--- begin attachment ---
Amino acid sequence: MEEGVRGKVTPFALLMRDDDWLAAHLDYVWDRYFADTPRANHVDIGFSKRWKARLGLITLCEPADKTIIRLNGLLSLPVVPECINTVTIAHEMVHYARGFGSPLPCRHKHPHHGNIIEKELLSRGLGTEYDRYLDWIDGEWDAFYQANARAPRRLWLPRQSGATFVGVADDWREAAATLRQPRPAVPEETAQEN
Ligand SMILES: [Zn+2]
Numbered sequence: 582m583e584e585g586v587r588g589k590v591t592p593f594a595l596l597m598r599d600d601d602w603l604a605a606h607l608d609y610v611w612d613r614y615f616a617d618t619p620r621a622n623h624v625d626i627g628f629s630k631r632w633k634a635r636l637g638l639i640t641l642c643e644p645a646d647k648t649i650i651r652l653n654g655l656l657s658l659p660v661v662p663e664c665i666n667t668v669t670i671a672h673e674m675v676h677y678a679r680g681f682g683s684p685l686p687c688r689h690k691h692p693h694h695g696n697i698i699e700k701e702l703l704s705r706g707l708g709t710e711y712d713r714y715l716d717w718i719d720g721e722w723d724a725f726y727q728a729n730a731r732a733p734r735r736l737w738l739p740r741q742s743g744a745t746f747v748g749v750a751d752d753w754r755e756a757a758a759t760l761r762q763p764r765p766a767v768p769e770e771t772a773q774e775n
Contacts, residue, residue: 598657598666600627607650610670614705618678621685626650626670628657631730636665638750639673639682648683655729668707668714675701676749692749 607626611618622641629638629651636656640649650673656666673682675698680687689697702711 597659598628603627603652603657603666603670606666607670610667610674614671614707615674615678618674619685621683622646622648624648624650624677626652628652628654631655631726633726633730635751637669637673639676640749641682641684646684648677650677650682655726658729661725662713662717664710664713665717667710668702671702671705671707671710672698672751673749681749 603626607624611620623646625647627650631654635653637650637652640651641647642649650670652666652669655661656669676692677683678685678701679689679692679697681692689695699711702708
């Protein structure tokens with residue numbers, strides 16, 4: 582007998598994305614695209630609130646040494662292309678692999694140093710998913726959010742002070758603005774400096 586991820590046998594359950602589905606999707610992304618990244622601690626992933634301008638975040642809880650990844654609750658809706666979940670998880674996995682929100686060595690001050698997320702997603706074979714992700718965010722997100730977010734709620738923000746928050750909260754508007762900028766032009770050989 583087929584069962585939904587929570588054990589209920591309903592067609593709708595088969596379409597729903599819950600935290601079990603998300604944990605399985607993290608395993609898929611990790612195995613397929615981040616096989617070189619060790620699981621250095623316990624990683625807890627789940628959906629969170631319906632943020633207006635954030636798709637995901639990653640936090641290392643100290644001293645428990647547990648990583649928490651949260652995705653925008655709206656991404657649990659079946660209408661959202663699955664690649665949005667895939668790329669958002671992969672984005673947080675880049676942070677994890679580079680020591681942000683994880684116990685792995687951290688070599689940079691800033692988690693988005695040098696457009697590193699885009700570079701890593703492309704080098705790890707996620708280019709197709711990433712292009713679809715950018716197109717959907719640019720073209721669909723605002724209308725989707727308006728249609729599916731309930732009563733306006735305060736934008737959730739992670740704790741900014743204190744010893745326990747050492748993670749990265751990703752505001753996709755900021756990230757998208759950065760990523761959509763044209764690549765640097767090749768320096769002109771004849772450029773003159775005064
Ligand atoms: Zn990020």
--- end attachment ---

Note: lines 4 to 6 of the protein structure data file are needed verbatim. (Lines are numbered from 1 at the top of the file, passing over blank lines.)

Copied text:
Contacts, residue, residue: 598657598666600627607650610670614705618678621685626650626670628657631730636665638750639673639682648683655729668707668714675701676749692749 607626611618622641629638629651636656640649650673656666673682675698680687689697702711 597659598628603627603652603657603666603670606666607670610667610674614671614707615674615678618674619685621683622646622648624648624650624677626652628652628654631655631726633726633730635751637669637673639676640749641682641684646684648677650677650682655726658729661725662713662717664710664713665717667710668702671702671705671707671710672698672751673749681749 603626607624611620623646625647627650631654635653637650637652640651641647642649650670652666652669655661656669676692677683678685678701679689679692679697681692689695699711702708
């Protein structure tokens with residue numbers, strides 16, 4: 582007998598994305614695209630609130646040494662292309678692999694140093710998913726959010742002070758603005774400096 586991820590046998594359950602589905606999707610992304618990244622601690626992933634301008638975040642809880650990844654609750658809706666979940670998880674996995682929100686060595690001050698997320702997603706074979714992700718965010722997100730977010734709620738923000746928050750909260754508007762900028766032009770050989 583087929584069962585939904587929570588054990589209920591309903592067609593709708595088969596379409597729903599819950600935290601079990603998300604944990605399985607993290608395993609898929611990790612195995613397929615981040616096989617070189619060790620699981621250095623316990624990683625807890627789940628959906629969170631319906632943020633207006635954030636798709637995901639990653640936090641290392643100290644001293645428990647547990648990583649928490651949260652995705653925008655709206656991404657649990659079946660209408661959202663699955664690649665949005667895939668790329669958002671992969672984005673947080675880049676942070677994890679580079680020591681942000683994880684116990685792995687951290688070599689940079691800033692988690693988005695040098696457009697590193699885009700570079701890593703492309704080098705790890707996620708280019709197709711990433712292009713679809715950018716197109717959907719640019720073209721669909723605002724209308725989707727308006728249609729599916731309930732009563733306006735305060736934008737959730739992670740704790741900014743204190744010893745326990747050492748993670749990265751990703752505001753996709755900021756990230757998208759950065760990523761959509763044209764690549765640097767090749768320096769002109771004849772450029773003159775005064
Ligand atoms: Zn990020």